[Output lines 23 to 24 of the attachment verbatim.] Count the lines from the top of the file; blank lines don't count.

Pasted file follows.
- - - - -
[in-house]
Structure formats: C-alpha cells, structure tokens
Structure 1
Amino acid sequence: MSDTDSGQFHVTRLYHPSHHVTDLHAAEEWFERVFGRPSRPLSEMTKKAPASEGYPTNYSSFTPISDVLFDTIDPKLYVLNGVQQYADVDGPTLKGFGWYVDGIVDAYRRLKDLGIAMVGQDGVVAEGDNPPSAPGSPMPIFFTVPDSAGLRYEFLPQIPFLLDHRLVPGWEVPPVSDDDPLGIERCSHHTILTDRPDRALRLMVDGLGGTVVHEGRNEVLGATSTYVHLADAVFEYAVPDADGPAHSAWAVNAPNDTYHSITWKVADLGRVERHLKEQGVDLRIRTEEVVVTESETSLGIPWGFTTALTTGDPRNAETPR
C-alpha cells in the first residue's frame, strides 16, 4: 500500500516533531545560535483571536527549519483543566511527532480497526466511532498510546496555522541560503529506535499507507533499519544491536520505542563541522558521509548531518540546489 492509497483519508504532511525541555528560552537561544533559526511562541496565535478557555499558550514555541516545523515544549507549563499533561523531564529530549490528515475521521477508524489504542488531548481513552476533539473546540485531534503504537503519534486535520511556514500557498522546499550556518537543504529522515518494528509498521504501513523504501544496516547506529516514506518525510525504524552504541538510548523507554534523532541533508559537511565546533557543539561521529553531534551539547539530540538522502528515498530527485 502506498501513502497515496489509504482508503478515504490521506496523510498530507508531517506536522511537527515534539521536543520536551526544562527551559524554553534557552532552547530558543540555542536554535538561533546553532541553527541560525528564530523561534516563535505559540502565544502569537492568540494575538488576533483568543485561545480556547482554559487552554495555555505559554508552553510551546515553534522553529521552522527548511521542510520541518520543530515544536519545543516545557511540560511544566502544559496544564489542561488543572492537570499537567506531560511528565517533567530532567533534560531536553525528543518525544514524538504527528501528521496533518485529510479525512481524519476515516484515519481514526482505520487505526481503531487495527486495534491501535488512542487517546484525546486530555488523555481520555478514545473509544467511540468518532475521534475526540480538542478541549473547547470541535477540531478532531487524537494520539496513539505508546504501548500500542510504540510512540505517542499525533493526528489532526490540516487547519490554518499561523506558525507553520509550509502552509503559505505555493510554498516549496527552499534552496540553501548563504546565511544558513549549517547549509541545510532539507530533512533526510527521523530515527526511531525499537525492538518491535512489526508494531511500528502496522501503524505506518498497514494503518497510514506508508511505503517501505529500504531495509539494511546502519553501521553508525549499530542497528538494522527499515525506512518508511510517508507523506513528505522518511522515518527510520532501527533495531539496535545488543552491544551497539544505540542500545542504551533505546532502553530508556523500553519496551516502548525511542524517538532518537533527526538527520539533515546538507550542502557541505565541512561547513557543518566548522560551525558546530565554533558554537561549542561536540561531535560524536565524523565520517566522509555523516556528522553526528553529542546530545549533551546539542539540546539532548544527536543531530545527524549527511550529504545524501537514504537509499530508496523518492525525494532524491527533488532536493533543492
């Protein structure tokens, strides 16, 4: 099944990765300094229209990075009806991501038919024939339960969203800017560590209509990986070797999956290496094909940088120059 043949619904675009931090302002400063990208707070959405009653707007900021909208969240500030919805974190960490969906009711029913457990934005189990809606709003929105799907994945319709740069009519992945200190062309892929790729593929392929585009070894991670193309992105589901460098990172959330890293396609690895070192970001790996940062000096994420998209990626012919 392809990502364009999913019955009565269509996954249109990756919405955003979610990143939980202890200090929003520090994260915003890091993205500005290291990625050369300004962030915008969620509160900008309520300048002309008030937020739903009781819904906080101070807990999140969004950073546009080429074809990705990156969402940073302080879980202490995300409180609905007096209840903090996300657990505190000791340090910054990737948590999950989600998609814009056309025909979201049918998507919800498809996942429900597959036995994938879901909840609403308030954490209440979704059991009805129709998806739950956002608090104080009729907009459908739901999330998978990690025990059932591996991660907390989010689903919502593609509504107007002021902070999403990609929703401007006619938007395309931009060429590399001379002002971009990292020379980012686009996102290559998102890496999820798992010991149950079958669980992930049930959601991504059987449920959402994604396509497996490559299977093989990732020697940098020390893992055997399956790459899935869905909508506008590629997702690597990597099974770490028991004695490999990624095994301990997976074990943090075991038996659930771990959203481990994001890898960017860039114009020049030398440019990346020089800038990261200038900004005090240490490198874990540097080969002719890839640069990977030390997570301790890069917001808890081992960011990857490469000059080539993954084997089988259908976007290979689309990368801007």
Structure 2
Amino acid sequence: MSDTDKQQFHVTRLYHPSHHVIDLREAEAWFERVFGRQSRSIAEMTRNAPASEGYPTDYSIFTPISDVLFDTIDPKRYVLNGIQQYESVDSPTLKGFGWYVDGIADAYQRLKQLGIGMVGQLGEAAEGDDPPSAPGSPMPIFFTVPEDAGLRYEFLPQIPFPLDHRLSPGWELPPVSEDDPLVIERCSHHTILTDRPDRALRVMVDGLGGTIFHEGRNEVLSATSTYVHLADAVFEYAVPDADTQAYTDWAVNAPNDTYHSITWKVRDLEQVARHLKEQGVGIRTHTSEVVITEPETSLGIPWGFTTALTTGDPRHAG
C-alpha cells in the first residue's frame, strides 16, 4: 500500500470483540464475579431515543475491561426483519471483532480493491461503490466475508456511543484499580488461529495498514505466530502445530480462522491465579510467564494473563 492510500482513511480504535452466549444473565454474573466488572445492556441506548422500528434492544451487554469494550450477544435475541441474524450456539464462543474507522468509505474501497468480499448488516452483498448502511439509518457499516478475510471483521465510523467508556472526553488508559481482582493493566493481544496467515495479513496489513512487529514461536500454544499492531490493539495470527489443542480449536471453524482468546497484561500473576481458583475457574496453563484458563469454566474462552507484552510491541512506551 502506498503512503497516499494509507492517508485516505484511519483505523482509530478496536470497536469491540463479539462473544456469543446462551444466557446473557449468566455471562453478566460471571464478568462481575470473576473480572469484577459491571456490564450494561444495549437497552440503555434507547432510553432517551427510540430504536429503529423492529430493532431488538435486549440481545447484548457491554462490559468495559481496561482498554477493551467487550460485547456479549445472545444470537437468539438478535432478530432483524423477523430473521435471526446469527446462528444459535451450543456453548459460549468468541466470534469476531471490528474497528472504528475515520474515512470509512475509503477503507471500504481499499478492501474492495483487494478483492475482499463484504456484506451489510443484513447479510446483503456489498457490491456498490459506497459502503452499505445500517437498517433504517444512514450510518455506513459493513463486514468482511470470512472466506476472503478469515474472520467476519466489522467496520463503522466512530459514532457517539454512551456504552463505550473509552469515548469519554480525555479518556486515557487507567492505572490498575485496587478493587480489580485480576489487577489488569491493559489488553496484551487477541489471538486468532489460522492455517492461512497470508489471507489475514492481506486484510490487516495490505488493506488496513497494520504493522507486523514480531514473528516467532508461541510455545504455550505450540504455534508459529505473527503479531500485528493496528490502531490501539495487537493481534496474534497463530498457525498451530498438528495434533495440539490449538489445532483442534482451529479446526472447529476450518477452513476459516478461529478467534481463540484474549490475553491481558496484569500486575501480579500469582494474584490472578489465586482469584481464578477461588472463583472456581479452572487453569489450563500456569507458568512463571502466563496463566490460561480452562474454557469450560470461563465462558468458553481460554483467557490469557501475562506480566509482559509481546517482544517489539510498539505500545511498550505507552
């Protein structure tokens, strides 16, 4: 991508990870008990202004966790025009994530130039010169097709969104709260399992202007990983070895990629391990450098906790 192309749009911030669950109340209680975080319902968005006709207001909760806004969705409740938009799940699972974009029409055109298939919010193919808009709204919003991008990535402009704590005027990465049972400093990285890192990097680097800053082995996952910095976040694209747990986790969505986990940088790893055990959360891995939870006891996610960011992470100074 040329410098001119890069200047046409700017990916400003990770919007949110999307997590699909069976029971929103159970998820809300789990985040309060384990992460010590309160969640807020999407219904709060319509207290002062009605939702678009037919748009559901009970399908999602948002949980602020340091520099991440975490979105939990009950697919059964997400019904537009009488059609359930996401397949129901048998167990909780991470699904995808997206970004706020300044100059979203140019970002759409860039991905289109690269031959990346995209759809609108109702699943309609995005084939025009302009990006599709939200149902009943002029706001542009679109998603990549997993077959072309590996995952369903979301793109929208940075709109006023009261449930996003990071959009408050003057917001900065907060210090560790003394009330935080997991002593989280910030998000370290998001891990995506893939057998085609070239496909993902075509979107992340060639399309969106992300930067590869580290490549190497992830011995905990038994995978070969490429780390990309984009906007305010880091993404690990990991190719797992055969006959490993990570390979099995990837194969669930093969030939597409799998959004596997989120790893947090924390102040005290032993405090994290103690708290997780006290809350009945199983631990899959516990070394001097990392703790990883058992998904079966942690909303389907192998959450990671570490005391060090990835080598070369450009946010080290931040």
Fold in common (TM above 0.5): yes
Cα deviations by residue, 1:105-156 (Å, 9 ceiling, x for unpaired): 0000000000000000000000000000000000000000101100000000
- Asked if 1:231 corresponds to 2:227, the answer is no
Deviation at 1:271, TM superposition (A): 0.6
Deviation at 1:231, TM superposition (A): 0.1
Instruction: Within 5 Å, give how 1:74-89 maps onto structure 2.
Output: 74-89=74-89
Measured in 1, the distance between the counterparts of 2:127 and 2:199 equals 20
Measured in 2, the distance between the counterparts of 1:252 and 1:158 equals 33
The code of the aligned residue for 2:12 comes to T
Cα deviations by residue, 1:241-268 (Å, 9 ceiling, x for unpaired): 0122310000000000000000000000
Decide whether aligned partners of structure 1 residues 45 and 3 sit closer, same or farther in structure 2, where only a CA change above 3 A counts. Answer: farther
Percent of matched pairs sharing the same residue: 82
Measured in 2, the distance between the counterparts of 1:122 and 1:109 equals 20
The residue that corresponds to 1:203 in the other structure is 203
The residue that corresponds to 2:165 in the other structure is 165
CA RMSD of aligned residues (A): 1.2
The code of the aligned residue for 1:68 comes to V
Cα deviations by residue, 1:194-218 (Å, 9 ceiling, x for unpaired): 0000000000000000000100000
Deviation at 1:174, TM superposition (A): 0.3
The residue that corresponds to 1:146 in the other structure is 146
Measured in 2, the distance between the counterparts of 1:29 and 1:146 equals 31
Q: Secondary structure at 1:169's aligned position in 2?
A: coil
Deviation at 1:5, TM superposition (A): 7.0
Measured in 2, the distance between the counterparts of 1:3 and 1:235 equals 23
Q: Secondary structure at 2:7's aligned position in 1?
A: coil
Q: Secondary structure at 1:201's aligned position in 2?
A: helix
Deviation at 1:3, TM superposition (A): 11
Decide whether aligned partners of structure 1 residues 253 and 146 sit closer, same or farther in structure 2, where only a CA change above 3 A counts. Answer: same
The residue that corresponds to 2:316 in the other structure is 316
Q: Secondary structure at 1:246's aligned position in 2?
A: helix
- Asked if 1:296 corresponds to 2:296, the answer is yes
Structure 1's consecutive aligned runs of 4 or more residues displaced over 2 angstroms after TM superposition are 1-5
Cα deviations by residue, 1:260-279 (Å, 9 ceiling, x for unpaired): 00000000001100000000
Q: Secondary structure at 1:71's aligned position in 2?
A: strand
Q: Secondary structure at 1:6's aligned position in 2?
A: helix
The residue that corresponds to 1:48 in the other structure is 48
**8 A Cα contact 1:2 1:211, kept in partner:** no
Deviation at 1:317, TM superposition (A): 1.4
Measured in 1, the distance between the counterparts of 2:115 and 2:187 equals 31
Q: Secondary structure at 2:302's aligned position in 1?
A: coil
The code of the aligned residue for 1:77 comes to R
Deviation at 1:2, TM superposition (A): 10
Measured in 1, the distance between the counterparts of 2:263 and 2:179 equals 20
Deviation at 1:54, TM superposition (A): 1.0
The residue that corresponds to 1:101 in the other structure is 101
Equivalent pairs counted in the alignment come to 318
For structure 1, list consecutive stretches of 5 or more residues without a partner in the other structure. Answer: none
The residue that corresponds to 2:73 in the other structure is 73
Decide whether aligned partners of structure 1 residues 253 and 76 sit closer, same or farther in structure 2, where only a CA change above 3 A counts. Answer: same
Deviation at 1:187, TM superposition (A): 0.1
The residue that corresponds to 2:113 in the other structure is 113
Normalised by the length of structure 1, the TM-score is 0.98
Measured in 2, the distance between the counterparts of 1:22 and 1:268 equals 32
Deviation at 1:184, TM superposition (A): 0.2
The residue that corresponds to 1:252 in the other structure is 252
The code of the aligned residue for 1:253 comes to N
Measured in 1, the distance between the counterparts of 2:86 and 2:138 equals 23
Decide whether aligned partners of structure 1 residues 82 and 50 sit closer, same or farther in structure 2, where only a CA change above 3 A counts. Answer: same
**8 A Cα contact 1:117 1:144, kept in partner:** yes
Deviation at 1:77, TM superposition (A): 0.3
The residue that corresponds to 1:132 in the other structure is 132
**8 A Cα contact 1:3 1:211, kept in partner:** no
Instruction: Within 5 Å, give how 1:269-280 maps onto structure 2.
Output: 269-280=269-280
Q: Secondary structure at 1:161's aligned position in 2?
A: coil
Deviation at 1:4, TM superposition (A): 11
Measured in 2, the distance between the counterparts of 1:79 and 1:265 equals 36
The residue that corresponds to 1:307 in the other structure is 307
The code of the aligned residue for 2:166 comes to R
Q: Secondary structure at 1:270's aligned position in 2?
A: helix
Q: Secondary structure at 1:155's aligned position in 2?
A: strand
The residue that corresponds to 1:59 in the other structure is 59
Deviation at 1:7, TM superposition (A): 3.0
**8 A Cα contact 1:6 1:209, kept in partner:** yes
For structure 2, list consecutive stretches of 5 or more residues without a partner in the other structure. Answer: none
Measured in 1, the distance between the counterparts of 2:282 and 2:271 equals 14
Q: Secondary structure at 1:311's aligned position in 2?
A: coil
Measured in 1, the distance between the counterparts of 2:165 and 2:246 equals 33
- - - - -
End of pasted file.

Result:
Percent of matched pairs sharing the same residue: 82
Measured in 2, the distance between the counterparts of 1:122 and 1:109 equals 20